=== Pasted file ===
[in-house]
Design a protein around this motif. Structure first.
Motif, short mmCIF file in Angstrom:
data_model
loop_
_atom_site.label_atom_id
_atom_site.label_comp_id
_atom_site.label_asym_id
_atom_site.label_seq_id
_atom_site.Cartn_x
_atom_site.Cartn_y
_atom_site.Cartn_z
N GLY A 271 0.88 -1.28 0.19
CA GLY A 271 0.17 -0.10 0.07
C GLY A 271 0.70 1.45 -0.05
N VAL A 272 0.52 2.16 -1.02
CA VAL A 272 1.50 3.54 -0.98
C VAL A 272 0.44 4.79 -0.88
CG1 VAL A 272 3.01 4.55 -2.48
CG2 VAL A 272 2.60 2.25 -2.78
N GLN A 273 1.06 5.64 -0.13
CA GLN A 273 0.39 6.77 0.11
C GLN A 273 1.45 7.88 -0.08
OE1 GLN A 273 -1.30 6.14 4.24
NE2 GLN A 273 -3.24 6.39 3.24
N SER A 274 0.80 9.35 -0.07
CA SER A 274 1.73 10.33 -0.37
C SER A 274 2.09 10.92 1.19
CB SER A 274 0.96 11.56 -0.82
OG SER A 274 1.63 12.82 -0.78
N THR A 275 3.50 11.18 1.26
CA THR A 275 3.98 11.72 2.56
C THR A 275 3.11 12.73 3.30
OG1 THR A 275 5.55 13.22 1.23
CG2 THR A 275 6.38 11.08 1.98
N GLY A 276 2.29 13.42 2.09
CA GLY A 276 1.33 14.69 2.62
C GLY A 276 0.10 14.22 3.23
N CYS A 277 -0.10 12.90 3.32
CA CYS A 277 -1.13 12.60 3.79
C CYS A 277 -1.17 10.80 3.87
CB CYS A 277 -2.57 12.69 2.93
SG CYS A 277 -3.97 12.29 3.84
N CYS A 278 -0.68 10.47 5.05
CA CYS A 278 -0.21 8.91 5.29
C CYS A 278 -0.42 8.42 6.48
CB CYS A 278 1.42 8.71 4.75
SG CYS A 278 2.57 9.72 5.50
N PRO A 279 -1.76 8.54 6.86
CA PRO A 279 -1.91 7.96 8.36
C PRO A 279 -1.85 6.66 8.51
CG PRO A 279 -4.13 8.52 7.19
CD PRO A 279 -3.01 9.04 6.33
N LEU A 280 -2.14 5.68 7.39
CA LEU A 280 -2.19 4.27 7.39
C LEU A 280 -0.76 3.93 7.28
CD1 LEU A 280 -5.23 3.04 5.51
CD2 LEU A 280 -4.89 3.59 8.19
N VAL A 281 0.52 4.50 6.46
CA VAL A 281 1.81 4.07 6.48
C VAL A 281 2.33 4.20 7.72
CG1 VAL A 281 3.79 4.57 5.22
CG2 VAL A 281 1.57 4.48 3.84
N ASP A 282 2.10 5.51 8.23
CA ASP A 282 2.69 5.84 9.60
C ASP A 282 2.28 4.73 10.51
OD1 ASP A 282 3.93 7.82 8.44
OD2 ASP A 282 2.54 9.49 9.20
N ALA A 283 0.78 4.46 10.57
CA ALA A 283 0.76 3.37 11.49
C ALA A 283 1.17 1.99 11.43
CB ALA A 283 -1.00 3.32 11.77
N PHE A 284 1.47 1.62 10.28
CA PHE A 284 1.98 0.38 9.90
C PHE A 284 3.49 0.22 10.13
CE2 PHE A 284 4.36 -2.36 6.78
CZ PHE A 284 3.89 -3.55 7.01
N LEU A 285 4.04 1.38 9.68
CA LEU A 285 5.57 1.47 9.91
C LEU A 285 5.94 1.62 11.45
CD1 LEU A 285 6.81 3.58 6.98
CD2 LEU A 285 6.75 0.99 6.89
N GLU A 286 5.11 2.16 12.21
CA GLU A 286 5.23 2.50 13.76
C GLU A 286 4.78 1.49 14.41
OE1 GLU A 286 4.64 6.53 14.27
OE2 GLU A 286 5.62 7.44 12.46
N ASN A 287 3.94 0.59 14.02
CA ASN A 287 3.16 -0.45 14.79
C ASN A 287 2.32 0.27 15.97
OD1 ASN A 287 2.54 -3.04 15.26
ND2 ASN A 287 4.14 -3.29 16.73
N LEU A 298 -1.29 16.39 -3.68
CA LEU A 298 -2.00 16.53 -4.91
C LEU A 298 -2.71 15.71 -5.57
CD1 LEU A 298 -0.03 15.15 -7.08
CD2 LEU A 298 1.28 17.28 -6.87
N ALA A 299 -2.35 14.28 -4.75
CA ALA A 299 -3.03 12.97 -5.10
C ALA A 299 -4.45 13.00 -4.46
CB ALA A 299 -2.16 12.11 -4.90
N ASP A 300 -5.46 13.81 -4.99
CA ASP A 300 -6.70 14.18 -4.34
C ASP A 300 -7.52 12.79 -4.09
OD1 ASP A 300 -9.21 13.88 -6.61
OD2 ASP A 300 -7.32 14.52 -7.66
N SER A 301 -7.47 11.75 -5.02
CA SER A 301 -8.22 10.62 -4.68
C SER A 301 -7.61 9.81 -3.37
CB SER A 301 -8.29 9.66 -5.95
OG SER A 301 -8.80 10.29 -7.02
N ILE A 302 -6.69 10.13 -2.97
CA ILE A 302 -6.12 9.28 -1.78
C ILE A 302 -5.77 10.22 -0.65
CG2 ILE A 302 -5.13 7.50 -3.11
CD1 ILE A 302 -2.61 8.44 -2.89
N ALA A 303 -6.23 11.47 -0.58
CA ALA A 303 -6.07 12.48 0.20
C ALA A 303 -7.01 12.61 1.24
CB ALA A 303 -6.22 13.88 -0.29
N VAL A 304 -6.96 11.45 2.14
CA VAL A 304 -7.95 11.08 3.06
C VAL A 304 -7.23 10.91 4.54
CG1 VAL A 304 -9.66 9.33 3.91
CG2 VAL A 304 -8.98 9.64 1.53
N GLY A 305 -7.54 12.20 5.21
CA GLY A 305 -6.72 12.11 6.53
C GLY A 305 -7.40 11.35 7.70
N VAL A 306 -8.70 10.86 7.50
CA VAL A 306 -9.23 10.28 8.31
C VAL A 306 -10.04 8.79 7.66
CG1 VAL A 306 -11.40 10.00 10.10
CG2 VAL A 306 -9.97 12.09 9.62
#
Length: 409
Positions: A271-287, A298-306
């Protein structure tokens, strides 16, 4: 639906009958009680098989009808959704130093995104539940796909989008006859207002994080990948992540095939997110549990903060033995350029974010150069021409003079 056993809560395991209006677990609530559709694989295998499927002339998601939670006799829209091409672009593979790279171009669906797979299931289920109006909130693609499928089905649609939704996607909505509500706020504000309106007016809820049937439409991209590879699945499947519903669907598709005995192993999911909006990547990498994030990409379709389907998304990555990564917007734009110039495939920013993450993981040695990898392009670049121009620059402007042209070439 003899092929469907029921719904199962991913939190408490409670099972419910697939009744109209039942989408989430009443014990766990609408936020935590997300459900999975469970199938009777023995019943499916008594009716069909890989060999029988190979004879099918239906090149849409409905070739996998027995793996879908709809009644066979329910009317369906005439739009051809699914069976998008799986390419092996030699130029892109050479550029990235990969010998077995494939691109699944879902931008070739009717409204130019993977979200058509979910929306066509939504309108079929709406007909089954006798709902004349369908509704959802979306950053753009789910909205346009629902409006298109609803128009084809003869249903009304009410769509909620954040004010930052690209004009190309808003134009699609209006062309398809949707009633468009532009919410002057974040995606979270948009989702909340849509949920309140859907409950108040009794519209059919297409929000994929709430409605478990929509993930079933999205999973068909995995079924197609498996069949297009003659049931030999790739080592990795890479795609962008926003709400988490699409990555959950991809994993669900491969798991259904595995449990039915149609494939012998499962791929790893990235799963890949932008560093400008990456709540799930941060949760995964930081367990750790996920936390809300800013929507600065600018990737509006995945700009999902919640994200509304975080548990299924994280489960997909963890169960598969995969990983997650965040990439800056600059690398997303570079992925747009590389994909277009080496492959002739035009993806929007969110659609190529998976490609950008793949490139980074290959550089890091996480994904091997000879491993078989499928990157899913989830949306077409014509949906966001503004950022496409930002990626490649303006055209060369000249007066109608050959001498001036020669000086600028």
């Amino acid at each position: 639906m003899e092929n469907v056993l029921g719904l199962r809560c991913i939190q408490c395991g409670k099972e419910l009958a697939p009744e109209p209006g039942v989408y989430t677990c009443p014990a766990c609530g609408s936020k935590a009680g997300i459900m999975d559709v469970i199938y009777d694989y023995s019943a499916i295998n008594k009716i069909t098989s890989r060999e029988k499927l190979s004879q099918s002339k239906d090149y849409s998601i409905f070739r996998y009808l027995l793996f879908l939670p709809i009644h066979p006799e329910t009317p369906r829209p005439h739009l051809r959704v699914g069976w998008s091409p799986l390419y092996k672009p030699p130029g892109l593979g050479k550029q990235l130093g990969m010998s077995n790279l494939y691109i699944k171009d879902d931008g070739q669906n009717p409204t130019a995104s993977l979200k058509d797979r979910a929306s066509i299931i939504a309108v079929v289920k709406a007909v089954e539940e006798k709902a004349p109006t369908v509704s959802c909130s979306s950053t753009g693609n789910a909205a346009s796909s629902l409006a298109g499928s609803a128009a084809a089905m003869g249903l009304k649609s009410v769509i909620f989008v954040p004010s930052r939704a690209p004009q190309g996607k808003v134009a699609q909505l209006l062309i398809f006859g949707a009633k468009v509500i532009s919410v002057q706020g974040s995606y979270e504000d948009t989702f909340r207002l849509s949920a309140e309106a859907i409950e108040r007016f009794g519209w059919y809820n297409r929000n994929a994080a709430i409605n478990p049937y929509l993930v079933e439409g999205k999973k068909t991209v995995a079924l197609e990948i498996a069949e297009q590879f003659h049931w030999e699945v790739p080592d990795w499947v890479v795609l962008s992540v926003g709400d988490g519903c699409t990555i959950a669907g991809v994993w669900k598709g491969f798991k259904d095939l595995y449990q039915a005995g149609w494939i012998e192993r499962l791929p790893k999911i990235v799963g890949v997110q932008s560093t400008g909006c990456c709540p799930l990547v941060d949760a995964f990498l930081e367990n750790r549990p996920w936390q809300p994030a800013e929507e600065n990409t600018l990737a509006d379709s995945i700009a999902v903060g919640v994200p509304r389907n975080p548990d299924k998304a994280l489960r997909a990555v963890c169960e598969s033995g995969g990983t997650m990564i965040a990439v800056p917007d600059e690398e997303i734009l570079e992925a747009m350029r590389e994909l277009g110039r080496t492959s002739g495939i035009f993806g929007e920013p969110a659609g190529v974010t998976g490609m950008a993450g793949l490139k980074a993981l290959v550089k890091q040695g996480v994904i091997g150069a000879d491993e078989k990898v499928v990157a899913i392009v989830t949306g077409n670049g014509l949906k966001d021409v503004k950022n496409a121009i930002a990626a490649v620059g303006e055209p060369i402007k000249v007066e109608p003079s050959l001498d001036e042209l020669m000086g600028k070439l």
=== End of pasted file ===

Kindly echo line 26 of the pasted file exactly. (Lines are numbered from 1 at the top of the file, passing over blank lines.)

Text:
N SER A 274 0.80 9.35 -0.07